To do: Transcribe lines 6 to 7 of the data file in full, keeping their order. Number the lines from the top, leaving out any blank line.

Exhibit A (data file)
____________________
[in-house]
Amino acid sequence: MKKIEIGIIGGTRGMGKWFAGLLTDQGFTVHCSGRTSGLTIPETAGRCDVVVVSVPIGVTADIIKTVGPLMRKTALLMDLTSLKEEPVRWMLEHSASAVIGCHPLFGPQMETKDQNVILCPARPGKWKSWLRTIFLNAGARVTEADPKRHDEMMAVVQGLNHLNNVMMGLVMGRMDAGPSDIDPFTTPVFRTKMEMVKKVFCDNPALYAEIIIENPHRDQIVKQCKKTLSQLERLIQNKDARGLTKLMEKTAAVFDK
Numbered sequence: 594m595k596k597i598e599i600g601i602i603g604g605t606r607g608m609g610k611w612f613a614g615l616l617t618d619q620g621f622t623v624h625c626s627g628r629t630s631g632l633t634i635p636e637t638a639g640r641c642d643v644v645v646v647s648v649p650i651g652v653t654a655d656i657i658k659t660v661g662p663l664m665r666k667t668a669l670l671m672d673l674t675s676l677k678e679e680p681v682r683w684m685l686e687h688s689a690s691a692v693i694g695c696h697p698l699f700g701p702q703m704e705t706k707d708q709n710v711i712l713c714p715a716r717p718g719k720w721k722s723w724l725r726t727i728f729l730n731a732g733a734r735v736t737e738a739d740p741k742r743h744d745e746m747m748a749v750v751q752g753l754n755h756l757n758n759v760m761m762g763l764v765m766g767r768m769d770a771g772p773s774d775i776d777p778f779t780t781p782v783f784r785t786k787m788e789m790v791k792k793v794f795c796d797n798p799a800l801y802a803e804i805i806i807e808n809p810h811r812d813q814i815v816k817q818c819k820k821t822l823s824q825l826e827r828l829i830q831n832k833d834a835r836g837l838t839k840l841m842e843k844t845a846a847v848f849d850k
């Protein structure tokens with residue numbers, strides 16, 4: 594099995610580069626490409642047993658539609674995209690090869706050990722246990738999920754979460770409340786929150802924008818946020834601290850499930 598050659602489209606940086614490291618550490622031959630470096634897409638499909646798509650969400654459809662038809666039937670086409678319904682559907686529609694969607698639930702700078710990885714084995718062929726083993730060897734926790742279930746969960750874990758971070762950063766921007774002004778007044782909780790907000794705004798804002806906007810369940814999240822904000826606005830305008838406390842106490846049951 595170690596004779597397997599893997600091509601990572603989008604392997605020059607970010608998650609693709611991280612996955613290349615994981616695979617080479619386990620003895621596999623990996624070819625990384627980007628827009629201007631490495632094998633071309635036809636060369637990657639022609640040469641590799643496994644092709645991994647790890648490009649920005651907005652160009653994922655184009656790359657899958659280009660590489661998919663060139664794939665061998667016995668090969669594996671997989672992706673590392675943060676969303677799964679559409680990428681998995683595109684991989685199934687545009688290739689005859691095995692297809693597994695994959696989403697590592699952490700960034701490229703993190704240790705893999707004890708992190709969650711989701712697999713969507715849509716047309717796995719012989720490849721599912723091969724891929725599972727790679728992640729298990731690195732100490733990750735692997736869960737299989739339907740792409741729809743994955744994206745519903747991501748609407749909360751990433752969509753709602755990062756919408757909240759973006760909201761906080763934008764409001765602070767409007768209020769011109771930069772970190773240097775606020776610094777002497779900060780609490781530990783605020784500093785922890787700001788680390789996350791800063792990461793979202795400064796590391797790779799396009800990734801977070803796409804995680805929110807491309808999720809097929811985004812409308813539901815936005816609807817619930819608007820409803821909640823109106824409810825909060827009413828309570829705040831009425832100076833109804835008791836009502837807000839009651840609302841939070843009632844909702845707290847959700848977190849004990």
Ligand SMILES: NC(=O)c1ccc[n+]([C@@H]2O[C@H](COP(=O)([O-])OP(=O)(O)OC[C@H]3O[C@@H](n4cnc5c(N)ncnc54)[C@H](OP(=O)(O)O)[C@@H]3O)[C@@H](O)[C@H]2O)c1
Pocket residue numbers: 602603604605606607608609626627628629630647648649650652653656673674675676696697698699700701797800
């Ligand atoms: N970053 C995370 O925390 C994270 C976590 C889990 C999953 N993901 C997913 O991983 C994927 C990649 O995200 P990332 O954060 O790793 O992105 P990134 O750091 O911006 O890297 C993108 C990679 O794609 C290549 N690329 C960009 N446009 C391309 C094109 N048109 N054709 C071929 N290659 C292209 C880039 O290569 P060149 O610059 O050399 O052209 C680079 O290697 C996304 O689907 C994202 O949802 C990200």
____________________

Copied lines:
Pocket residue numbers: 602603604605606607608609626627628629630647648649650652653656673674675676696697698699700701797800
């Ligand atoms: N970053 C995370 O925390 C994270 C976590 C889990 C999953 N993901 C997913 O991983 C994927 C990649 O995200 P990332 O954060 O790793 O992105 P990134 O750091 O911006 O890297 C993108 C990679 O794609 C290549 N690329 C960009 N446009 C391309 C094109 N048109 N054709 C071929 N290659 C292209 C880039 O290569 P060149 O610059 O050399 O052209 C680079 O290697 C996304 O689907 C994202 O949802 C990200």